Following on last night's announcement that Phil Lord and Chris Miller, two of the most sought-after young filmmakers in Hollywood, had been forced off the Han Solo stand-alone film and will be replaced by TV and film veteran Ron Howard, fans on social media have decided that Howard is just about the worst thing that could happen to the forthcoming Star Wars spinoff.
Really, folks, that's not even close to true.
Howard is from a school of filmmaking that embraces the largest possible audience, churning out crowd-pleasing films that cinemaphiles, nerds, and other "alpha fans" will often write off as too safe, too standard, too boring.
That's a critique that isn't entirely unfair -- but it's also largely misguided as it pertains to the Han Solo situation.
Howard's age and the perception that he isn't particularly "cool" have been used against him over the last day or so, as it became apparent that he would be replacing Hollywood's current kings of cool at the helm of a franchise tentpole expected to gross in the neighborhood of $1 billion worldwide.
The idea is that, under Howard, the film might not be as creative, as fun, and as interesting as it would be under Lord and Miller -- and this all comes amid reports that the directors were fired after clashing with Lucasfilm honcho Kathleen Kennedy over the film's tone.
It isn't a good look for Disney/Lucasfilm, and the problems are compounded by the fact that the film is deep into production, with less than a month to complete its principal photography. The directorial change, along with the rumored disgreements between management and the talent, seem likely to result in significant reshoots, but Disney is committed to keeping the film on schedule for next year.
That is where Ron Howard comes in.
One could argue that Howard is objectively a good filmmaker who, on balance, improves almost every project he's involved with. During his thirty-ish-year career, he has been responsible for blockbusters like Apollo 13 and The Da Vinci Code, award-winning films like A Beautiful Mind and Frost/Nixon, and comedy classics like Splash and Parenthood. He also directed Willow, an early, non-Star Wars success story from George Lucas and Joe Johnston.
The quality of the Howard oeuvre, though, is arguably less important than what his resume, on the whole, demonstrates. Even the worst of his movies -- things like Inferno and Angels & Demons -- are competently constructed pieces of filmmaking.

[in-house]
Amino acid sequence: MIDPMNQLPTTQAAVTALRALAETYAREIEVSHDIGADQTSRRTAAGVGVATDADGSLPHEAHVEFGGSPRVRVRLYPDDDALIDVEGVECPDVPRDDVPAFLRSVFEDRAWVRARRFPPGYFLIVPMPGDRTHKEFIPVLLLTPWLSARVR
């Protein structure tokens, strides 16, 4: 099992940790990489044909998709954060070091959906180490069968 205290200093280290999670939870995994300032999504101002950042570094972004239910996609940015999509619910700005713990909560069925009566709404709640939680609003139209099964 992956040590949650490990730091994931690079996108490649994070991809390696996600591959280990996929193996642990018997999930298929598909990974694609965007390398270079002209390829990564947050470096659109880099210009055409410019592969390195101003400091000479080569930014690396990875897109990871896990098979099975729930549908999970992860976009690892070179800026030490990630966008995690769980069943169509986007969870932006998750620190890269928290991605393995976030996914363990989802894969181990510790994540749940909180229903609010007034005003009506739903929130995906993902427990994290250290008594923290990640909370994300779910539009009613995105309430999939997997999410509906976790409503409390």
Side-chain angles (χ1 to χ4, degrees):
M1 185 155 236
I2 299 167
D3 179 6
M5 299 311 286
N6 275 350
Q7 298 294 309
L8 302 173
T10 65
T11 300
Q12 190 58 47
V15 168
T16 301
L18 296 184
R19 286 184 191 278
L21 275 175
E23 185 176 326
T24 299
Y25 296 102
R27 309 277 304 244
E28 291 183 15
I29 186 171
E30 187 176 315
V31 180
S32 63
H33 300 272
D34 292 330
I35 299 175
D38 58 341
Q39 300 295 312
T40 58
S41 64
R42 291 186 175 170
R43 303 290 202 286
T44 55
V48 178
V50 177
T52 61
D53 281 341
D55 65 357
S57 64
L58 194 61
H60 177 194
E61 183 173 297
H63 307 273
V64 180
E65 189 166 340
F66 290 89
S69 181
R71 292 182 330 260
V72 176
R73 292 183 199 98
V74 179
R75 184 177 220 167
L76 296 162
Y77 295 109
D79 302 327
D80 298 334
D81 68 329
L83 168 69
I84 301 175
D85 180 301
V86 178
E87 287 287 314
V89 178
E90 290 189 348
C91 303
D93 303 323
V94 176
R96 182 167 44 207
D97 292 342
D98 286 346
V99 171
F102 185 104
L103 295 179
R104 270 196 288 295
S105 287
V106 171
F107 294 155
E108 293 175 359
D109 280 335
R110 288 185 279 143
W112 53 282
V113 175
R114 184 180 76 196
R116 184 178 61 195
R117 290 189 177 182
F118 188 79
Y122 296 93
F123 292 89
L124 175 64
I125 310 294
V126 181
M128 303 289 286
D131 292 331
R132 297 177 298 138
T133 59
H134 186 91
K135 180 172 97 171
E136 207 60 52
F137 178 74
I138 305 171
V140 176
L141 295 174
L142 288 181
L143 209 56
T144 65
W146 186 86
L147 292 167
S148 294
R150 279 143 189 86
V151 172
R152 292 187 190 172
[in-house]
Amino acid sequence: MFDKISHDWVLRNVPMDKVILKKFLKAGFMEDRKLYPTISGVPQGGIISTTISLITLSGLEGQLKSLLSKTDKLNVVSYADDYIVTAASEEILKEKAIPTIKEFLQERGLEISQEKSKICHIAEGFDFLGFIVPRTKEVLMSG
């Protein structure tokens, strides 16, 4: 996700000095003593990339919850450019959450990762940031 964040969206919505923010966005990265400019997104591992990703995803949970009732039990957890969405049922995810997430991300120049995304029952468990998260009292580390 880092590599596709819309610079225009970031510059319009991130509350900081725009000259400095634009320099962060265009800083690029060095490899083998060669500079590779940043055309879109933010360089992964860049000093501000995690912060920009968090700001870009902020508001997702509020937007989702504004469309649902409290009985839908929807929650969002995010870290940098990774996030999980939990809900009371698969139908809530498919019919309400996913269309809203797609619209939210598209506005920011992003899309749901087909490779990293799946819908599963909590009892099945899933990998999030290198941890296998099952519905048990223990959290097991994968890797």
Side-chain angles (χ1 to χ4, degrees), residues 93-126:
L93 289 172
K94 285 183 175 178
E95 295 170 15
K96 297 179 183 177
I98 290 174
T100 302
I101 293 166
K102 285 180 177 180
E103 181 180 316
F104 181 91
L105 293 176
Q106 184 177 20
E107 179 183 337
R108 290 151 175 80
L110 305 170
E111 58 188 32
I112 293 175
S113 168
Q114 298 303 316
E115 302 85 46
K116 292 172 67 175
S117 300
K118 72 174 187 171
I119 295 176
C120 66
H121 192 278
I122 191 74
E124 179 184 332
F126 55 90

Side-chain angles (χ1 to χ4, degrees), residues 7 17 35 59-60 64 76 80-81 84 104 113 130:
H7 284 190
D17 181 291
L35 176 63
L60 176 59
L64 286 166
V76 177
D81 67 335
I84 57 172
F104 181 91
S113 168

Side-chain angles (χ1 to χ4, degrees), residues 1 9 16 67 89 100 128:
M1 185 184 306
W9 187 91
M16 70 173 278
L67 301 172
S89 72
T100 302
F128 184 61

Howard, being a veteran of Hollywood since he was a small child (he is not in his sixties) and a producer and studio head himself, also has a reputation for being easy to work with.
Those two elements -- an understanding of filmmaking fundamentals and the ability to put together a competent film, and the fact that he will presumably be flexible and amenable to Lucasfilm's demands -- are likely what makes Howard an attractive prospect.
This is not a movie that is being created from scratch, and it is likely not a movie whose visual identity or tone will be primarily defined by Howard. Han Solo is about three weeks away from being finished, and what the studio probably believes they need is a steady hand who can keep the current crisis from spiraling out of control, play well with others, and hit a deadline.
Historically speaking, Howard has proven himself time and time again to be all of those things -- and while it's distinctly possible that in five or ten years people will be referring to Lord and Miller as two of the most important "visionary" directors of their generation, it's worth considering that bringing in someone comparably cool and stylized to complete a nearly-finished movie could lead to clashing styles that would only increase the need for reshoots, costing the studio more money and making the film's release date even harder to hit.
That same "boring," reliable, one-size-fits-all visual and filmmaking style that has fans and critics questioning Howard as the right choice for this film is likely what makes him perfect that the job: it is likely that nothing he does will invalidate what Lord and Miller have already created, and that is the surest way to complete a film that will still feel recognizably like the one the cast and crew have been making for the better part of a year.
Howard -- an old, white, male part of the Hollywood Establishment -- is an easy target for fans who are enraged about the treatment Lord and Miller received, worried about the future of the film, or frustrated by a studio that seems increasingly hands-on (remember that stories of studio interference, reshoots, and the like were a big part of the Rogue One media narrative, too). It's an understandable instinct, but an accomplished, amiable filmmaker is hardly the worst choice -- or even a surprising choice -- to tackle what will arguably be the year's most anticipated mainstream popcorn movie.0comments
The untitled Han Solo movie will be in theaters May 25, 2018.